China Says G20 Should Not Discuss Currency Imbalance

Dave Johnson

Treasury Secretary Geithner delayed a required April 15 declaration that China is manipulating its currency, saying it will instead be taken up by the G20. China has now warned other G20 countries that the G20 meeting in Toronto next week is not the appropriate place to discuss their currency manipulation, saying that would be “finger-pointing.”

Reuters: China warns finger-pointing could derail G20,

Finger-pointing at the G20 will be self-defeating for an international forum that should be focused on coordination, not criticism, of economic policies, a senior Chinese government official said.

Underlining the extent to which China wants to shield its currency policy from censure, a second official said that the Group of 20 summit in Canada on June 26-27 was not the right place for discussing “the yuan issue.”

AP: China says G-20 wrong place to discuss yuan issue,

“We believe it would be inappropriate to discuss the renminbi exchange rate issue in the context of the G-20 meeting,” Qin told a regular news briefing, referring to the Chinese currency, which is also known as the yuan.
Qin said China expects the G-20 talks will mainly focus instead on the European Union debt crisis and ways countries can cooperate to speed up the global economic recovery.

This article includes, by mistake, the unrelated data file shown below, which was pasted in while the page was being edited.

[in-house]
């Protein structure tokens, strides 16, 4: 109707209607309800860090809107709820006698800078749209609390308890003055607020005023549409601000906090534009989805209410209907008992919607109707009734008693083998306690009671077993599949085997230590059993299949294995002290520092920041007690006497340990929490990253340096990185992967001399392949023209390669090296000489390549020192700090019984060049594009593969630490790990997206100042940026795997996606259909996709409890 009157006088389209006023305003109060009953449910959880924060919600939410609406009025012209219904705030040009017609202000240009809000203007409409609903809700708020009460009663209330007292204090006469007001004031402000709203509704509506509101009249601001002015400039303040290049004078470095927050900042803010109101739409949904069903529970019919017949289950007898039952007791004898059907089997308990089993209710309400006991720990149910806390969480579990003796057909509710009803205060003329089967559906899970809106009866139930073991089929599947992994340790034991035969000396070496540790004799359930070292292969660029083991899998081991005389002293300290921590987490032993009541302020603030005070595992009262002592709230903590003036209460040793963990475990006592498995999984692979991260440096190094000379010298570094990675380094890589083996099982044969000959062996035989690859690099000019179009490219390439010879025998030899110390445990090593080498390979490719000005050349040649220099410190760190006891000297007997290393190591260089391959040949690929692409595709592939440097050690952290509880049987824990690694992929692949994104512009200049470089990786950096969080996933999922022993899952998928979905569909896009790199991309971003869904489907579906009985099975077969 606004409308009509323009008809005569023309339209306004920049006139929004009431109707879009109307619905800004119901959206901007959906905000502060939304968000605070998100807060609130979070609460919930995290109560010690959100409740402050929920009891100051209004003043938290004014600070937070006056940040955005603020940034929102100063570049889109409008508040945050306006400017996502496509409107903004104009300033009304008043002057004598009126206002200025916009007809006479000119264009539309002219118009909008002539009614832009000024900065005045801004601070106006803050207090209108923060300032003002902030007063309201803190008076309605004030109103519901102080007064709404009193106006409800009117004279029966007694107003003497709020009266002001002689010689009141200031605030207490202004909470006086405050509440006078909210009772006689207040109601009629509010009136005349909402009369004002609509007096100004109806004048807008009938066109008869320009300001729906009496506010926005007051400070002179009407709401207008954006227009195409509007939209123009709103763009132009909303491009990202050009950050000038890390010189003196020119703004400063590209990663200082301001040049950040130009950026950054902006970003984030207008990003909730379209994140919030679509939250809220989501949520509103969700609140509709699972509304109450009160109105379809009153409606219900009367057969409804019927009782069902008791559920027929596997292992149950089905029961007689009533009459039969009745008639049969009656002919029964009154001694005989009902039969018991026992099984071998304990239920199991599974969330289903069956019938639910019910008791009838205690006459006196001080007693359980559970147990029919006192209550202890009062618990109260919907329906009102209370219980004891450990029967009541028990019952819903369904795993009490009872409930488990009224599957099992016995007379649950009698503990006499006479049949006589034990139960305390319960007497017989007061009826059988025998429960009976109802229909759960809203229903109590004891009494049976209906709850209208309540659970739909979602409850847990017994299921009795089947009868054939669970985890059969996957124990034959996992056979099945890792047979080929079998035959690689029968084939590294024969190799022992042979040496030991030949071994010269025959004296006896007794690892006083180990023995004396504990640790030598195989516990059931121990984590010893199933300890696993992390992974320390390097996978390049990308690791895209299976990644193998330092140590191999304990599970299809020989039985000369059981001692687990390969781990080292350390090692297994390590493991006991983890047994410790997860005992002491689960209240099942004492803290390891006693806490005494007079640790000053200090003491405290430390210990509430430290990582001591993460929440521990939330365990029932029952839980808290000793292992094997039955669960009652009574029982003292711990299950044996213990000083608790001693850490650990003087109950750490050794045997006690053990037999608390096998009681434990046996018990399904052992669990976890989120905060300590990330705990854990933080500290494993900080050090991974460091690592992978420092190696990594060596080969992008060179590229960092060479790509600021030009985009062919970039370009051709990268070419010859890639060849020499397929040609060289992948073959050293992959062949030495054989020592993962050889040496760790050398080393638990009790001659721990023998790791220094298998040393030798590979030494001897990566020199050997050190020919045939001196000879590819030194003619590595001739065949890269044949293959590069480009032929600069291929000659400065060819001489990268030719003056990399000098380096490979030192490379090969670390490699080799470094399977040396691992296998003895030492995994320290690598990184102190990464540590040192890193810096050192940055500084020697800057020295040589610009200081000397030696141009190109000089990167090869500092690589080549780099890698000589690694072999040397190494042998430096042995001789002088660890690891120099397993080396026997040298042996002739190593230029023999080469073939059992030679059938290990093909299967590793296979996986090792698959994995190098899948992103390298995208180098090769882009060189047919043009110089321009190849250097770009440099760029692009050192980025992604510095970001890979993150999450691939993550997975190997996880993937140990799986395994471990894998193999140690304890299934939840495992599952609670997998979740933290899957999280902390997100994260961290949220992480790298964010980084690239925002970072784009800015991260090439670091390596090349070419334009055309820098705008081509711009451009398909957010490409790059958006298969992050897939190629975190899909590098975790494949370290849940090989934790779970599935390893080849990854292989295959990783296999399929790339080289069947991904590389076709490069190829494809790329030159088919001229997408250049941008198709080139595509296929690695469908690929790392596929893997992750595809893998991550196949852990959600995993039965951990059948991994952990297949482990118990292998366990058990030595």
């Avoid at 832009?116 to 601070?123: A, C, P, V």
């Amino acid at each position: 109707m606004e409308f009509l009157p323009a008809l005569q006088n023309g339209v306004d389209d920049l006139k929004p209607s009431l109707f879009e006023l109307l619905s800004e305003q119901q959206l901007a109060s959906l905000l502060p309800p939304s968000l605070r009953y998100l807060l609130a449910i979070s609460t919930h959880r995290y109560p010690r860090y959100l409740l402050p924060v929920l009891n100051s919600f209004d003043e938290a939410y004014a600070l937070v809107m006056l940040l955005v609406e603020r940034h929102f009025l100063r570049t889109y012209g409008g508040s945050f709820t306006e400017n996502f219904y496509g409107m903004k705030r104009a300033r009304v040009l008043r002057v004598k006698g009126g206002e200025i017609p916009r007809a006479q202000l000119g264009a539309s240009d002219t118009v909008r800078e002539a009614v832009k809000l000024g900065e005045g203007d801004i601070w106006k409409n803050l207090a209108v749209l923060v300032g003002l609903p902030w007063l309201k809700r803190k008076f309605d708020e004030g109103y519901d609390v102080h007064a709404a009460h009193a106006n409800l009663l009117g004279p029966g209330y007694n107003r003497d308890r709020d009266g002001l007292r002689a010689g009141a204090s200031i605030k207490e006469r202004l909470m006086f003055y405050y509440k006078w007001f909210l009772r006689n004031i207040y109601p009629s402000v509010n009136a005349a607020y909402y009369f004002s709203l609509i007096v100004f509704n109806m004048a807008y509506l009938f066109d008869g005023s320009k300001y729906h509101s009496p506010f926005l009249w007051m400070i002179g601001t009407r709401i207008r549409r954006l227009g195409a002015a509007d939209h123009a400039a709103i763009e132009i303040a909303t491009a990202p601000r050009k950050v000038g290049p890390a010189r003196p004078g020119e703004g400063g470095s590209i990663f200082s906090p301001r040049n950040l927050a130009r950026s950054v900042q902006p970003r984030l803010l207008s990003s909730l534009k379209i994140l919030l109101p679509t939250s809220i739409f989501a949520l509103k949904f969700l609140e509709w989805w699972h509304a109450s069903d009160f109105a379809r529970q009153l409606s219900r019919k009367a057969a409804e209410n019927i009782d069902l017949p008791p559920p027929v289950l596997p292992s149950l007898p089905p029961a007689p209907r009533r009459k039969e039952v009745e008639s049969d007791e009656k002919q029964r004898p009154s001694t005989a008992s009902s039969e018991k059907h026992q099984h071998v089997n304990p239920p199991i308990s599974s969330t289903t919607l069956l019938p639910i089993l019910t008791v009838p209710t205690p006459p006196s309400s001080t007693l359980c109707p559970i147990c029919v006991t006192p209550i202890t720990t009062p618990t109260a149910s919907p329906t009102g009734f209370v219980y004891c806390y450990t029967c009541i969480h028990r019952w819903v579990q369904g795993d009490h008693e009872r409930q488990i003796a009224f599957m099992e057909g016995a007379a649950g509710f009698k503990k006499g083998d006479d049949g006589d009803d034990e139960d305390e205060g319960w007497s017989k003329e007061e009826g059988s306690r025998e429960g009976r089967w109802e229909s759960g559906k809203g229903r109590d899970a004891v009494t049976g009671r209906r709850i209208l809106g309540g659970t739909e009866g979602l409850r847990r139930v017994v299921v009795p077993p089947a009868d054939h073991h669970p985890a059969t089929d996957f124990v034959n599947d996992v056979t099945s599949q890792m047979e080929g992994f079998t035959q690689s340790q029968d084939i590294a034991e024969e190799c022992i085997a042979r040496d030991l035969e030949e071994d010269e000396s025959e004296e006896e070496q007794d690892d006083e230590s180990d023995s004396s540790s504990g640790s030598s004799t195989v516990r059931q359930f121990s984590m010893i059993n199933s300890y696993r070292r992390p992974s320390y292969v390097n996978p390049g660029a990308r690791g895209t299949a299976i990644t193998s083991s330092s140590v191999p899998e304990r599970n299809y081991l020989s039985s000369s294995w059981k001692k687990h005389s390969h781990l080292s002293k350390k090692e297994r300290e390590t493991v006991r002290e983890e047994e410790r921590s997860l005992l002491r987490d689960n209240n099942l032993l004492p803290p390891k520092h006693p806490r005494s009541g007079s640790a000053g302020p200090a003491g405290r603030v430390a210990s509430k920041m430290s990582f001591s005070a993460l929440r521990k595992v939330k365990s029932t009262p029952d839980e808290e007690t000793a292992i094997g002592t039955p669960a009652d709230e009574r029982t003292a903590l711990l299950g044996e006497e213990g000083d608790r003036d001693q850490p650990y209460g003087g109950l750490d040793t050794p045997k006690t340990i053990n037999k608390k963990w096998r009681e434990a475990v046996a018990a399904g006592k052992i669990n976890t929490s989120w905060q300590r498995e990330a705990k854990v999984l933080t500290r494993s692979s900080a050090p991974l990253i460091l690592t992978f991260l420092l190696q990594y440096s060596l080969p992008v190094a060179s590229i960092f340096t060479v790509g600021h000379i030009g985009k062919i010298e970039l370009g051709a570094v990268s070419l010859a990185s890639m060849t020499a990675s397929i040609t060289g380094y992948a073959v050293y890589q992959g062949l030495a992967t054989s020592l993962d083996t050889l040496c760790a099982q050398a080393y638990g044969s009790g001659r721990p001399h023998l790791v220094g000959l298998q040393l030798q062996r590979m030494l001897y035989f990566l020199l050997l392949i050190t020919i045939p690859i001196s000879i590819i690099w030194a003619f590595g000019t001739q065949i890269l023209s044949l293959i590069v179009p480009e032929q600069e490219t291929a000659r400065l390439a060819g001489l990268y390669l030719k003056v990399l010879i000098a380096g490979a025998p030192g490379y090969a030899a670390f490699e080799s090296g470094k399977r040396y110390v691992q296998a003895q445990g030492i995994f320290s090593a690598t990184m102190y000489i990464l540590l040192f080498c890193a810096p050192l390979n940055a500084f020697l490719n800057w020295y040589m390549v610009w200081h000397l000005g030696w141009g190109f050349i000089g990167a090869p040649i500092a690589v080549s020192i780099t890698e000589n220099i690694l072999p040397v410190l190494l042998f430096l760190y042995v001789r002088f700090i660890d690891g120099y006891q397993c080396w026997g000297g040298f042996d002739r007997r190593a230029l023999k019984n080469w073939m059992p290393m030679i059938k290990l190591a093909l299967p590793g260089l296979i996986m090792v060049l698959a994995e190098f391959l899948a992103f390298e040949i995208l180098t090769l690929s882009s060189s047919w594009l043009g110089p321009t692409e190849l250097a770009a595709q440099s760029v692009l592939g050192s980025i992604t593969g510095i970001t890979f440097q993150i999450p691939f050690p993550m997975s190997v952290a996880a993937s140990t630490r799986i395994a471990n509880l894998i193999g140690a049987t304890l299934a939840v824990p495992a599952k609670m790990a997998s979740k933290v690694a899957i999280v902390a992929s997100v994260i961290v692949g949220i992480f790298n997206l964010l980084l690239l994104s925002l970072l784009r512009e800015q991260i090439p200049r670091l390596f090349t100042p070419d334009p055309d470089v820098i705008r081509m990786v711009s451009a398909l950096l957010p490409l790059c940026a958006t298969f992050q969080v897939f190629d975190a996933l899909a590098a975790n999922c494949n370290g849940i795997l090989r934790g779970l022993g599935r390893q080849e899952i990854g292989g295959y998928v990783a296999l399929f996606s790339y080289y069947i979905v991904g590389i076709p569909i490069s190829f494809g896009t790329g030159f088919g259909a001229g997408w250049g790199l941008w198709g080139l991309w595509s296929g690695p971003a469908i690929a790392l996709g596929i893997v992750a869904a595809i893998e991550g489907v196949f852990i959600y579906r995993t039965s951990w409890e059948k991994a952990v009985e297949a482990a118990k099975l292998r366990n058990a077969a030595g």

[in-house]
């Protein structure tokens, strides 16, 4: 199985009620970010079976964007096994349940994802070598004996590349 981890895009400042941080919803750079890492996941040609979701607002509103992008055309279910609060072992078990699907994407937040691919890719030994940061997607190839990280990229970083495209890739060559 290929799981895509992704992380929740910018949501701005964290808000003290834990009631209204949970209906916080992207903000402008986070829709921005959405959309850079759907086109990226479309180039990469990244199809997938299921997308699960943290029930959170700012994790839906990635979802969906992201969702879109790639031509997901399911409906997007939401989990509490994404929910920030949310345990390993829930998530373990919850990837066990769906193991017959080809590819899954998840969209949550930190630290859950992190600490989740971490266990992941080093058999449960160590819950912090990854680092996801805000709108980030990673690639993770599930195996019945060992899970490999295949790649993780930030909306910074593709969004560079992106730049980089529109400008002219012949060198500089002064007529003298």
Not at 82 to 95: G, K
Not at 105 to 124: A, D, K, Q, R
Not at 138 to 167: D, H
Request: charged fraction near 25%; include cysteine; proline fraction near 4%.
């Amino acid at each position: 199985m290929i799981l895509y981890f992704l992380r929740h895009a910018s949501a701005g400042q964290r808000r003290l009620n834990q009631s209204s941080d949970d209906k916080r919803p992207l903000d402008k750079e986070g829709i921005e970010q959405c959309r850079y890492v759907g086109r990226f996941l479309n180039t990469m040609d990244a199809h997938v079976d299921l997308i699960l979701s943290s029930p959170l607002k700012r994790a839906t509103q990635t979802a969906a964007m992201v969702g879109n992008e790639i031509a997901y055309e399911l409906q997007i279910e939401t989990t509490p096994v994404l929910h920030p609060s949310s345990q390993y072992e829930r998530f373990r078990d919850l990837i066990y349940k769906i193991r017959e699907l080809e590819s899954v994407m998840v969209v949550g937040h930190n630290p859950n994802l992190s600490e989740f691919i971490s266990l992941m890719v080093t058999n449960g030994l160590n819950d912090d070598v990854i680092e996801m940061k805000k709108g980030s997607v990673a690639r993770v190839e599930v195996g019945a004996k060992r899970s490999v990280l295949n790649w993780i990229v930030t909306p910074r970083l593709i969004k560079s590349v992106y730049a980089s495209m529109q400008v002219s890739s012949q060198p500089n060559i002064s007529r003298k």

sinchew.com: China issues yuan warning as Hu heads to G20

Chinese President Hu Jintao will pay a state visit to Canada next week ahead of the G20 summit in Toronto, the government said Thursday, while insisting he was not open to debate about currency rates.

. . . Qin reiterated that China opposed any pressure over its currency policy, after US lawmakers pledged to launch legislation to punish Beijing over its exchange rate system.

“We want the international community to take an objective view on the RMB (yuan) exchange rate and work together to overcome the difficulties so as to maintain momentum of the recovery of the economy,” he told reporters.

Financial Times: China warns G20 currency critics,

China warned the other members of the Group 20 leading economies not to use the summit later this month as an excuse to criticise its currency policy, saying it would be damaging to the world economy.

Taking pre-emptive action ahead of the G20 meeting in Toronto on June 26-27, Chinese officials said on Thursday that the summit was not the correct place to discuss the level of the renminbi and cautioned against an outbreak of “finger-pointing”.

After delaying the required April 15 declaration for the G20, and now with China saying it should not be discussed at the G20, what next? The Senate needs to step in and address the currency issue ASAP.

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